mwi9 at swipnet.se
Sun Aug 6 23:00:15 PDT 2006
Den 2006-08-06 07:52:08 skrev Damian Walker <damian at snigfarp.karoo.co.uk>:
> Quoting Mats Winther's message of Yesterday:
>> Well, this game is something of a mystery. The problem is that it also has
>> aspects clearly reminiscent of the Hnefatafl family of games, and these would
>> have died out by the 1490:s.
> What makes you think that it is related to hnefatafl? You mentioned a
> "holy square" that's restricted to the king -- something that Botermans
> and Parlett, my only sources for the game, don't mention. I'm not sure
> that this alone demonstrates any relationship.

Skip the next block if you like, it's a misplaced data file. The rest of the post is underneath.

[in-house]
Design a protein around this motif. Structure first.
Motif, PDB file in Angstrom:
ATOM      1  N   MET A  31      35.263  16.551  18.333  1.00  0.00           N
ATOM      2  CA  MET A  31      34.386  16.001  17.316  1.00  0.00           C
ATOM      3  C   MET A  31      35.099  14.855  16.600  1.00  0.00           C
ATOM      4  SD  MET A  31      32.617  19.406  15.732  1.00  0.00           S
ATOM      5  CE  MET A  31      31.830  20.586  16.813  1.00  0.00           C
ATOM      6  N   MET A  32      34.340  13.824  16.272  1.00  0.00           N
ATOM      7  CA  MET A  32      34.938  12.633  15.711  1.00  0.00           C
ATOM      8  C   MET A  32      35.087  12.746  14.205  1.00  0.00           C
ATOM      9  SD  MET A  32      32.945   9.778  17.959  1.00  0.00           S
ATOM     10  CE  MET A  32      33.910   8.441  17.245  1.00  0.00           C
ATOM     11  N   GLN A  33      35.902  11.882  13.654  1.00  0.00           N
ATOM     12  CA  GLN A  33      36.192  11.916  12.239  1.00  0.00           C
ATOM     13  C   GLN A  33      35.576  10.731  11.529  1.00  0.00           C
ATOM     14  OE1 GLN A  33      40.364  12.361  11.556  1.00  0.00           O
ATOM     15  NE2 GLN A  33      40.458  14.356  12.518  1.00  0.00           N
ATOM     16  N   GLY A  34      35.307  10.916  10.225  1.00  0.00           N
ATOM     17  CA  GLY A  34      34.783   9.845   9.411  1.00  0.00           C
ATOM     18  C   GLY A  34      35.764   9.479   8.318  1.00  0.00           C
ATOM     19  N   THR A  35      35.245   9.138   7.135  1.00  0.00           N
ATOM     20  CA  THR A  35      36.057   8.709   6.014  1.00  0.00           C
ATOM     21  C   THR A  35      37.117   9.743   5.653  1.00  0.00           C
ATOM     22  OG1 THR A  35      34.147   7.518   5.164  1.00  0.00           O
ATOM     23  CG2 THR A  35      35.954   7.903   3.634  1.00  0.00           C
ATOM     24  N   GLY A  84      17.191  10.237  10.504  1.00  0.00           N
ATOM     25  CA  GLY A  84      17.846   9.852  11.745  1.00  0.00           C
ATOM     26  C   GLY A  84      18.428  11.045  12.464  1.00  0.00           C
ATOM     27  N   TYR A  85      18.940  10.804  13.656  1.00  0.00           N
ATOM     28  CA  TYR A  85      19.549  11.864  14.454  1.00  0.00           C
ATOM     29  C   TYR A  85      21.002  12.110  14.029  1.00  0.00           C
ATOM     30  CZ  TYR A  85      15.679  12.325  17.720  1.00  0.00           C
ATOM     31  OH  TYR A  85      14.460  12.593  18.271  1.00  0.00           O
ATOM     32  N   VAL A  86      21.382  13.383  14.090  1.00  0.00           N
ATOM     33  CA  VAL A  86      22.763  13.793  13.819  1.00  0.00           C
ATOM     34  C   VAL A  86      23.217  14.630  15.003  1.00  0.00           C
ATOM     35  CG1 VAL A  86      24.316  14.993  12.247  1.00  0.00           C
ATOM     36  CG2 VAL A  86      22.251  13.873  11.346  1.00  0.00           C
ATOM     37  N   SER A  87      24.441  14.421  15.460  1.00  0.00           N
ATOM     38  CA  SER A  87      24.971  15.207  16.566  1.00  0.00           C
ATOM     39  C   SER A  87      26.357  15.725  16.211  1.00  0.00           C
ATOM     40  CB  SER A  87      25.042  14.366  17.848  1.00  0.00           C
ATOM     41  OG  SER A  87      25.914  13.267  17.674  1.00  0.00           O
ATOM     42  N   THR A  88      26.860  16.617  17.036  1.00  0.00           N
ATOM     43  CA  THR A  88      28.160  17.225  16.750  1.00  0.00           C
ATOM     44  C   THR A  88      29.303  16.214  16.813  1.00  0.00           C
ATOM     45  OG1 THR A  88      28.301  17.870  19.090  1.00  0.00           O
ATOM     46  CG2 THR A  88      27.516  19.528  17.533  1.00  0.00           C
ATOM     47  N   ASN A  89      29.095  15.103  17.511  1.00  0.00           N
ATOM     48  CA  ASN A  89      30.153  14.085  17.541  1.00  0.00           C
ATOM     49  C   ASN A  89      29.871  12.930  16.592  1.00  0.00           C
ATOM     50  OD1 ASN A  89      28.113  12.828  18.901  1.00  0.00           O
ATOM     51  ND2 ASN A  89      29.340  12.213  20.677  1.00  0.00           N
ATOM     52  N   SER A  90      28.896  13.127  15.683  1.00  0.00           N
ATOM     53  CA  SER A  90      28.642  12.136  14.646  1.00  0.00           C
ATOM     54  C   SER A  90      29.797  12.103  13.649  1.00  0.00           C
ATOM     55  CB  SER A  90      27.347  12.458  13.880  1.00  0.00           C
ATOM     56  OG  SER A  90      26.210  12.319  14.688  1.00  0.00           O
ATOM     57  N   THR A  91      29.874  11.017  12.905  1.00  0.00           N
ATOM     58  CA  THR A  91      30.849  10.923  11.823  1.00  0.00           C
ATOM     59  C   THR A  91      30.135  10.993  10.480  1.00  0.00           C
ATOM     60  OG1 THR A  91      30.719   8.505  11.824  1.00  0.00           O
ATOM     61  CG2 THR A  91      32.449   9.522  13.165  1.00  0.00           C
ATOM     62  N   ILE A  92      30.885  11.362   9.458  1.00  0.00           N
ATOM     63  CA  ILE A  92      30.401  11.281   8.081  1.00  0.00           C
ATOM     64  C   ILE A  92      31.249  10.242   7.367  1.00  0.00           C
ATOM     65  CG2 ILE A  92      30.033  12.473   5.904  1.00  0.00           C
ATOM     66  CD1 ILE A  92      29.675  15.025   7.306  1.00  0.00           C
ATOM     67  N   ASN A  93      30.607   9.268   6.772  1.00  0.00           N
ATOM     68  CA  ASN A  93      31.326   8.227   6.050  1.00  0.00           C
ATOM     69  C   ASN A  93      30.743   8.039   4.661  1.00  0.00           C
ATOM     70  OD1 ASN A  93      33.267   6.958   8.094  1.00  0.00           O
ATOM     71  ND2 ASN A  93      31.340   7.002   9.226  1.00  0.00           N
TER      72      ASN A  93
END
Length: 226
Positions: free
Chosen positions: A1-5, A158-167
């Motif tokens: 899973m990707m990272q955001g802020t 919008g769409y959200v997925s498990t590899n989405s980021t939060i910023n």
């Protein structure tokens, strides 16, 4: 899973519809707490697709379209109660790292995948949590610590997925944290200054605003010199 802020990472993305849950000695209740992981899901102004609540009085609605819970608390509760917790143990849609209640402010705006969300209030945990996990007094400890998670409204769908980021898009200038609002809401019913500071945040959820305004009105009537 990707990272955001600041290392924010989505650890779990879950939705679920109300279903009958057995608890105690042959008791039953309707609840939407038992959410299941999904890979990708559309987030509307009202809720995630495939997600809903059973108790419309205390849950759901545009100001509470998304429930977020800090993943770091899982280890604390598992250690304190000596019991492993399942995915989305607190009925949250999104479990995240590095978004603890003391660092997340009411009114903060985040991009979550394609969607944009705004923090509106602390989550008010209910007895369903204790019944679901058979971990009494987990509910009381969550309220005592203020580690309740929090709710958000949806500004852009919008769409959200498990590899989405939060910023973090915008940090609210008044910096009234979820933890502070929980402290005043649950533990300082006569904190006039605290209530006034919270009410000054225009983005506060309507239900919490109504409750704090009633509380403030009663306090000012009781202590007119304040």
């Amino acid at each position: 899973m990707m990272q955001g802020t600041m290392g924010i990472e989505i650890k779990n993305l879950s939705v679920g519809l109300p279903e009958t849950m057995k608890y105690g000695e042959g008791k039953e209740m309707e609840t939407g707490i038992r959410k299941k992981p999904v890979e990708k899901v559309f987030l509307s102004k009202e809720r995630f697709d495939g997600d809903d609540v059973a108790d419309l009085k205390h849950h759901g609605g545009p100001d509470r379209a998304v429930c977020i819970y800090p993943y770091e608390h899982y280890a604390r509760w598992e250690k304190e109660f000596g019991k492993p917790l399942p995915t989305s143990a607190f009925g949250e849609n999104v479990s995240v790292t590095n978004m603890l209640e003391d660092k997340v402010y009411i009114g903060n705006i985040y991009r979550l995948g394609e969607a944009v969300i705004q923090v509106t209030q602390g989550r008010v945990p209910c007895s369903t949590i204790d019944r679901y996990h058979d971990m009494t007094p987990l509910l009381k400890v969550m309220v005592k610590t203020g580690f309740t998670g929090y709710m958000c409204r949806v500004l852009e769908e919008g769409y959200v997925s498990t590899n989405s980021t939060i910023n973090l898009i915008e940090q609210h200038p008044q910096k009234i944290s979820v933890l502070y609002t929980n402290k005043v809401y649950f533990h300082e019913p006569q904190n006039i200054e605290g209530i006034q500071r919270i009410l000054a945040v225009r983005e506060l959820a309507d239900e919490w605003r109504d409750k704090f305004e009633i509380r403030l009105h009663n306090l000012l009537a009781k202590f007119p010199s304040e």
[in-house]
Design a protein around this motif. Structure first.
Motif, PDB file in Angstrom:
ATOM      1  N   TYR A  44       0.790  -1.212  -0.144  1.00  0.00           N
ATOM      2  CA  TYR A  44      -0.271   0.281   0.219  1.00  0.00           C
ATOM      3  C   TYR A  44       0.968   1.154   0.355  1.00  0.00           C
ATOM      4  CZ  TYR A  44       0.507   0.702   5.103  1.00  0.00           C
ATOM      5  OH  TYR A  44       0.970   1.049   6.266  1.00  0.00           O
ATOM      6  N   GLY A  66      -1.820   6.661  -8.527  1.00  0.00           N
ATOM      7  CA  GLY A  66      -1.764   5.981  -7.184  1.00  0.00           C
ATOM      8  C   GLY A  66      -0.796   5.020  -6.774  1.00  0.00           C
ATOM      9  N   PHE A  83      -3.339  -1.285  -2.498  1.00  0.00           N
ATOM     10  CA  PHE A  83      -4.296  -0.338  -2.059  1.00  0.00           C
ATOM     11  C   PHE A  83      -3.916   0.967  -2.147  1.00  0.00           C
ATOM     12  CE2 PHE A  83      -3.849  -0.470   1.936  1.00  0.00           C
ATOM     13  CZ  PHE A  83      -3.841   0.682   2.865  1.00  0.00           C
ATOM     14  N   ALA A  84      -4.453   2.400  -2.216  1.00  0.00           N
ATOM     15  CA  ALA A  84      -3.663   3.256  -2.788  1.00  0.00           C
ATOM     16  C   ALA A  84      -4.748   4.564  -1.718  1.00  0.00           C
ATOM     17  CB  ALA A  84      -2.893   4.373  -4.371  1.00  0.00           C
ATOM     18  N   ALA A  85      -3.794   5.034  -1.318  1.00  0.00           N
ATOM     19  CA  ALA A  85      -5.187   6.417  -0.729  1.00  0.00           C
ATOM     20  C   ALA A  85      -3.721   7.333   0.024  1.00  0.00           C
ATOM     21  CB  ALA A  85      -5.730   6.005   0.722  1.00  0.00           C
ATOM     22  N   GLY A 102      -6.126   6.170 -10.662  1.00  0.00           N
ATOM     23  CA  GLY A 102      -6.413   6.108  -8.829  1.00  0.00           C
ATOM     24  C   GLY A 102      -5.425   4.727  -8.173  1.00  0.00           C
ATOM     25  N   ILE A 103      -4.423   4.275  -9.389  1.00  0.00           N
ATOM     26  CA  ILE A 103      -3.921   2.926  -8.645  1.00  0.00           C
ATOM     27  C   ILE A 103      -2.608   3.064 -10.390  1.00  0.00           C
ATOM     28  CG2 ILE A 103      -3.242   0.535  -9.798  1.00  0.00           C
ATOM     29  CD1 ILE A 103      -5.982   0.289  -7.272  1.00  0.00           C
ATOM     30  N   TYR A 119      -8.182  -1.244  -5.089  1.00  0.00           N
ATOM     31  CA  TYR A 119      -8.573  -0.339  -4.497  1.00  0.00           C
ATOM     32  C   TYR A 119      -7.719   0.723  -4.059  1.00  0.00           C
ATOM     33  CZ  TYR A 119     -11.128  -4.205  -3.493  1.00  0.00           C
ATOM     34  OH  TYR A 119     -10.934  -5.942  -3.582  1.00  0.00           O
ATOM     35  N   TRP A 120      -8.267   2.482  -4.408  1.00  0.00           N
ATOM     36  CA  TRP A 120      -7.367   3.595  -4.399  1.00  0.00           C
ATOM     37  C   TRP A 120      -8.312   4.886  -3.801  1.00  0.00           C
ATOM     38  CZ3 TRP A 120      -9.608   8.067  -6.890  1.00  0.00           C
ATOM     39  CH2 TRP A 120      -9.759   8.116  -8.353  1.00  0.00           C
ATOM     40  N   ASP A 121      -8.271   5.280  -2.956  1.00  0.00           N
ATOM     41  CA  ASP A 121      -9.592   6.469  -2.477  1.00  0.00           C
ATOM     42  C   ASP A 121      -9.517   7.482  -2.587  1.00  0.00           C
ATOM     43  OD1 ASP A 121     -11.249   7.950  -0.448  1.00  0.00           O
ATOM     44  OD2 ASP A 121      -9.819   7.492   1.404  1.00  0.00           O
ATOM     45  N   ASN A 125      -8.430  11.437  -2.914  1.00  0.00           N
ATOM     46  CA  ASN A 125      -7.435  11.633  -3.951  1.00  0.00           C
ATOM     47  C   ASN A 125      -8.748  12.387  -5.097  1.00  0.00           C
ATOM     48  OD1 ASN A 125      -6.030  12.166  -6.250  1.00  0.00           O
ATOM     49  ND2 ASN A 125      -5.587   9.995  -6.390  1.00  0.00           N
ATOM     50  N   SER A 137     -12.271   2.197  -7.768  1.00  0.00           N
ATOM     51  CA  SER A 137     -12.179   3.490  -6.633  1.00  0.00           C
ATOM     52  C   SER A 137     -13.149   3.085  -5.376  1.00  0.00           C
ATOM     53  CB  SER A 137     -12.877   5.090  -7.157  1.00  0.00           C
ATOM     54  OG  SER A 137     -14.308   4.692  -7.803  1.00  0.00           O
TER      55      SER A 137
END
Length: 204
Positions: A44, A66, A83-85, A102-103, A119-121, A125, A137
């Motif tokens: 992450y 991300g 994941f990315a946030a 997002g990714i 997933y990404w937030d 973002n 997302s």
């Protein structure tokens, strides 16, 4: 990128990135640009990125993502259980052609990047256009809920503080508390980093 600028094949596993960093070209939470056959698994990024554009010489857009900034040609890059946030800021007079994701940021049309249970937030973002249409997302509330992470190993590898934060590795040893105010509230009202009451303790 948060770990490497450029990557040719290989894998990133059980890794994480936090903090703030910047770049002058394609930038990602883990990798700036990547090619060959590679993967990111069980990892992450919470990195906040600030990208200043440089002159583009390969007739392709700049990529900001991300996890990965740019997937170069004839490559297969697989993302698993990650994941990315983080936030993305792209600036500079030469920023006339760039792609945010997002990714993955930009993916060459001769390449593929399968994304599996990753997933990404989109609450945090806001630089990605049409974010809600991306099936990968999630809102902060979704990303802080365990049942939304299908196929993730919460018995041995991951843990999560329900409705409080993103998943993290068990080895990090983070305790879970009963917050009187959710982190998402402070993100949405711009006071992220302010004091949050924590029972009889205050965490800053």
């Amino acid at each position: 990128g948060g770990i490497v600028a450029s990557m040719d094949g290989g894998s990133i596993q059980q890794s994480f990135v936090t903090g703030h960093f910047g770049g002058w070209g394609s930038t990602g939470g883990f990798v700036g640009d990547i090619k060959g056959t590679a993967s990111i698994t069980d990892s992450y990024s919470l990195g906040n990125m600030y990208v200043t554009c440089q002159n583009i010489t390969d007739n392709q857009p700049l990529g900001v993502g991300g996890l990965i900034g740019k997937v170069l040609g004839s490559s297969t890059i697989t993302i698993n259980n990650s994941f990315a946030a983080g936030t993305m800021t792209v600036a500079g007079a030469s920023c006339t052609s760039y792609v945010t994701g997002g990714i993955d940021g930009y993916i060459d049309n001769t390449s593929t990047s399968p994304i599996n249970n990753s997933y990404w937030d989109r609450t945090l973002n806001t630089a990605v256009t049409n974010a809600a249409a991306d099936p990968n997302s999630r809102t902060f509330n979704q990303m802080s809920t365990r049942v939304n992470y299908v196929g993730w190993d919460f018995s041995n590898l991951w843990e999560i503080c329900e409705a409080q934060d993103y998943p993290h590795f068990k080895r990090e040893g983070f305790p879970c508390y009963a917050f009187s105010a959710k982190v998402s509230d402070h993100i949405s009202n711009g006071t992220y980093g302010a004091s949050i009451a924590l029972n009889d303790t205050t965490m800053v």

> But in any case, one shouldn't underestimate the staying power of
> hnefatafl. It survived until 1587 in Wales and 1732 in Lapland. There
> is no reason to imagine why these are the only places in which it
> survived after the invasion of chess.
Gala has the "holy" central square, as in Tablut (Hnefatafl), where no
other pieces than the king can enter. Like in Tablut, reaching absolute
squares with the king is enough for a win. It has no leaping pieces, unlike
chess and shatranj, which have both knight and alfil (elephant). Moreover,
Hnefatafl and Tablut boards also often have that fourfold partition, i.e.,
a cross. In Tablut and Hnefatafl certain squares modify the capturing
capability of the pieces. This is so also in Gala, but unknown in traditional
chess. The Gala game also derives from former Viking country.
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